|———–p——-|

Fingerpicking Pattern #4 – Multi-String Plucking For Guitar Players

Multi-string plucking, also known as hybrid picking or claw picking, involves using a combination of a pick and your fingers to achieve a bright, articulate sound. It’s a technique that’s often used in country and bluegrass music, but can be applied to other styles as well.

Here’s an example of the multi-string plucking pattern:

Pattern: |D—–p——-i——-|

|A———p——i—|

|E———————|

|B———————|

|G—–i—————|

|D———————|

( p = pick, i = index finger)

Try practicing this pattern slowly at first, alternating between the pick and your index finger to pick individual strings. Fingerpicking Pattern #5 – Multi-String Plucking Waltz

Another variation of the multi-string plucking pattern is the multi-string plucking waltz.

This pattern creates a gentle, waltz-like rhythm and is great for slow, romantic ballads. Here’s an example of the multi-string plucking waltz using the D chord:

D: |-2———-|

|-3———-|

|-2———-|

|————-|

|————-|

|————-|

Pattern: |D————p——–|

|A—————–i-|

|E——–i———–|

|B—–i————–|

|G———————|

|D———————|

( p = thumb, i = index finger, m = middle finger)

Use your thumb to pick the D string, your index finger for the B string, your middle finger for the G string and finally, use your thumb again for picking the D string again.

Fingerpicking Pattern #6 – Let’s Mix It Up!

Once you’ve mastered these fingerpicking patterns, it’s time to start experimenting with mixing them up to create a unique sound. For example, try using the stairstep picking pattern for the verses and the Travis picking style pattern for the chorus.

Or, try using the cascading picking pattern for the melody and the multi-string plucking pattern for the rhythm. Here’s an example of how you could mix and match these patterns using the key of G:

Verse: |——E——– | |—–G——– |

|—-0—0—— | |——-0—— |

|–0——-0—- | |—–0—0—- |

|————————–| |—0——-0– |

|-2————-2———-| or |-2————-2——|

|————————–| |———————-|

Chorus: |——–C——— | |——–G——— |

|——0—0——- | |——0—0——- |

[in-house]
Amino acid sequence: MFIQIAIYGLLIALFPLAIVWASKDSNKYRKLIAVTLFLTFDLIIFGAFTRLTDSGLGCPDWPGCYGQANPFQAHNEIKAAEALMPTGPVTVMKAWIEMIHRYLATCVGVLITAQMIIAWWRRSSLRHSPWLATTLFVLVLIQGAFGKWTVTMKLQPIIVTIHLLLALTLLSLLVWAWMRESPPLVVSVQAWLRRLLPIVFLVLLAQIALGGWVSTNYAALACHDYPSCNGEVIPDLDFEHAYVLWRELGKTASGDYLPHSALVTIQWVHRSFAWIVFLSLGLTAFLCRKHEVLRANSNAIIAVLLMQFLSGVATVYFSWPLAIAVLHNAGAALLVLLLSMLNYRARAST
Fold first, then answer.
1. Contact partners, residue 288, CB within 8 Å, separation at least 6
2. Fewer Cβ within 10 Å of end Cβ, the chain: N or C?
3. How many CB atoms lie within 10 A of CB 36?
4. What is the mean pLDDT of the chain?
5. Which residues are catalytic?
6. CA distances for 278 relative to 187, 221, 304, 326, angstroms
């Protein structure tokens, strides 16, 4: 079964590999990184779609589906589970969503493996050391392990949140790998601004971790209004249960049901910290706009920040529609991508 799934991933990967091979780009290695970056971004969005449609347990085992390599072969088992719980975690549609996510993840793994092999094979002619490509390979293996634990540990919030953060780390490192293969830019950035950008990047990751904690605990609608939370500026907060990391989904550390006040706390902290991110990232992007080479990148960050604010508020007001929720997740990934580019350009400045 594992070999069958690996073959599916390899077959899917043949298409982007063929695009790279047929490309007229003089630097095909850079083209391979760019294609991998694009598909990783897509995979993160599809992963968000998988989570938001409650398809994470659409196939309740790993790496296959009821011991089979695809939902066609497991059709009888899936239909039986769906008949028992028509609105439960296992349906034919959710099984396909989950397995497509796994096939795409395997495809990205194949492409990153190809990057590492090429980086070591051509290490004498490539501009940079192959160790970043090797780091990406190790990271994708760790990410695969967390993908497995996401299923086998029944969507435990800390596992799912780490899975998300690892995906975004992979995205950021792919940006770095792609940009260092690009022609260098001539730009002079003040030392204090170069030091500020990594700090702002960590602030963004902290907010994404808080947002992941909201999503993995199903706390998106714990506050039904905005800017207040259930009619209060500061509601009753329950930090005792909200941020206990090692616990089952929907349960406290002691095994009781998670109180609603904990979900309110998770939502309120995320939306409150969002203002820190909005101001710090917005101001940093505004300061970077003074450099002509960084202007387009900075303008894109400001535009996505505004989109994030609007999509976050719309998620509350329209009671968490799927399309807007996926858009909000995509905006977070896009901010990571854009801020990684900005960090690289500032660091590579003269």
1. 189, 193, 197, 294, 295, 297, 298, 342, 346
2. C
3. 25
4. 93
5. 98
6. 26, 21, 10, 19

|—-0——-0—– | |—-0——-0—– |

|—-2————-| |—–0————- |

|————————| |-2—————— |

|-3———————-| |————————|

Bridge: |—–G——– | |——E——– |

|—3—3—— | |—-0—0—— |

|-0——-0—- | |–0——-0—- |

|————–4-2-0——–| or |—————2-0—|

|———————3-2-0–| |———————-|

|—————————-| |———————-|

Conclusion

Fingerpicking is a valuable skill for any guitarist to learn. It adds color, nuance, and depth to your playing, allowing you to create textures and dynamics that simply aren’t possible with a pick.

With these six fingerpicking patterns, you’ll have a solid foundation for exploring different styles of music and creating your own unique sound. Remember to practice these patterns slowly and accurately, and to experiment with mixing them up to create your own style.

Happy picking!

In this article, we have explored six essential fingerpicking patterns that every guitarist should know. From the stairstep picking pattern to the multi-string plucking waltz and more, these patterns add color and nuance to your playing while covering a wide range of styles.

It’s important to start with the basics and practice these patterns slowly and accurately, but don’t be afraid to mix and match them to create your own unique sound. Fingerpicking is a valuable tool that can help take your guitar playing to the next level and it’s worth putting in the time and effort to master these essential patterns.